In the AL West, it is just easier for a team to win the division than in the NL Central. It’s just numbers. It is easier to beat out three opponents than five. When I saw this article from Buster Olney over on ESPN, which linked to Richard Justice’s from the Houston Chronicle, I got to thinking how I would realign Major League Baseball.

I would keep three divisions in each league, with just one wild card team. I love the fact that a long season comes down to the wire with so few teams getting in, and I could get into another long post on that, which I might soon. So basically there would be 15 teams per league, with three divisions of five teams each.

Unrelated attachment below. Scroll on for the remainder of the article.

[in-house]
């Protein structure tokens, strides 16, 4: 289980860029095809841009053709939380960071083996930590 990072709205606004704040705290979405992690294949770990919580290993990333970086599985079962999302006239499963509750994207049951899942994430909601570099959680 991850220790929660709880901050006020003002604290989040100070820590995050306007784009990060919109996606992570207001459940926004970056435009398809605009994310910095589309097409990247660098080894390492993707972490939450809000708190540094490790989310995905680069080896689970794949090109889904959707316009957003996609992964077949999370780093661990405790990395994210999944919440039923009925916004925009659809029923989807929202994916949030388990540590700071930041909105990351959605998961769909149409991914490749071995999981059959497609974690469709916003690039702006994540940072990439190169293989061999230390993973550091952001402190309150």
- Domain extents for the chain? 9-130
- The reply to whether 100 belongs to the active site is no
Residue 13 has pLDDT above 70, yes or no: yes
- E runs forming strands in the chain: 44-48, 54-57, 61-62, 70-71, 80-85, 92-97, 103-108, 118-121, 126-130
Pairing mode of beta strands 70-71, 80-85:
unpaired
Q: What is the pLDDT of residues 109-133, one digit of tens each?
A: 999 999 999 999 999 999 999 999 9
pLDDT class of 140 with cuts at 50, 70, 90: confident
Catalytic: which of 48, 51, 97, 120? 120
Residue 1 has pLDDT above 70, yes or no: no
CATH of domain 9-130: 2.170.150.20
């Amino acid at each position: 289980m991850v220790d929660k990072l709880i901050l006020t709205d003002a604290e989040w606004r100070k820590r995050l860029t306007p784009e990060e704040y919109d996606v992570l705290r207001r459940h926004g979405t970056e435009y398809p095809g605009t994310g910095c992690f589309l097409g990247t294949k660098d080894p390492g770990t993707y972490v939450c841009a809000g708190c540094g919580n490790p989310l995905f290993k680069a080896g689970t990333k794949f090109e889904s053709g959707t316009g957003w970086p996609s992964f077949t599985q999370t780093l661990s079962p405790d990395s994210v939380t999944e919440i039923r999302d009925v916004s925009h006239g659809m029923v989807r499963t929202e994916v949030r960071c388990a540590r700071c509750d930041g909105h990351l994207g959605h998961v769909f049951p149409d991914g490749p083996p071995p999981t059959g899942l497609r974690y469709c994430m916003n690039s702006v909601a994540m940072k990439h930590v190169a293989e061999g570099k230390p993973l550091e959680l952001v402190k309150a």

Justice has a simple idea in his column, which I like. Move one team from the NL Central to the AL West. The most logical team to move would be the Astros, as they would have a natural rival within the division in the Rangers. The rest of the NL Central is Midwest teams, a category that the Astros just really don’t fit into. The player’s union is open to the idea, according to Buster’s blog, and I’d love to see this move happen sooner rather than later.

What do you think about the proposed realignment ideas? And which team(s) would you shuffle?

About Chris Callaway

Chris lives and works in La Crosse, Wisconsin, working primarily on-air while doing some writing as well. He is a part-owner of the Green Bay Packers, a Milwaukee Brewers die-hard, learning hockey while supporting the Minnesota Wild, and is also a fan of the Wisconsin Badgers and the Notre Dame Fighting Irish. Follow him on twitter @ccallaway33.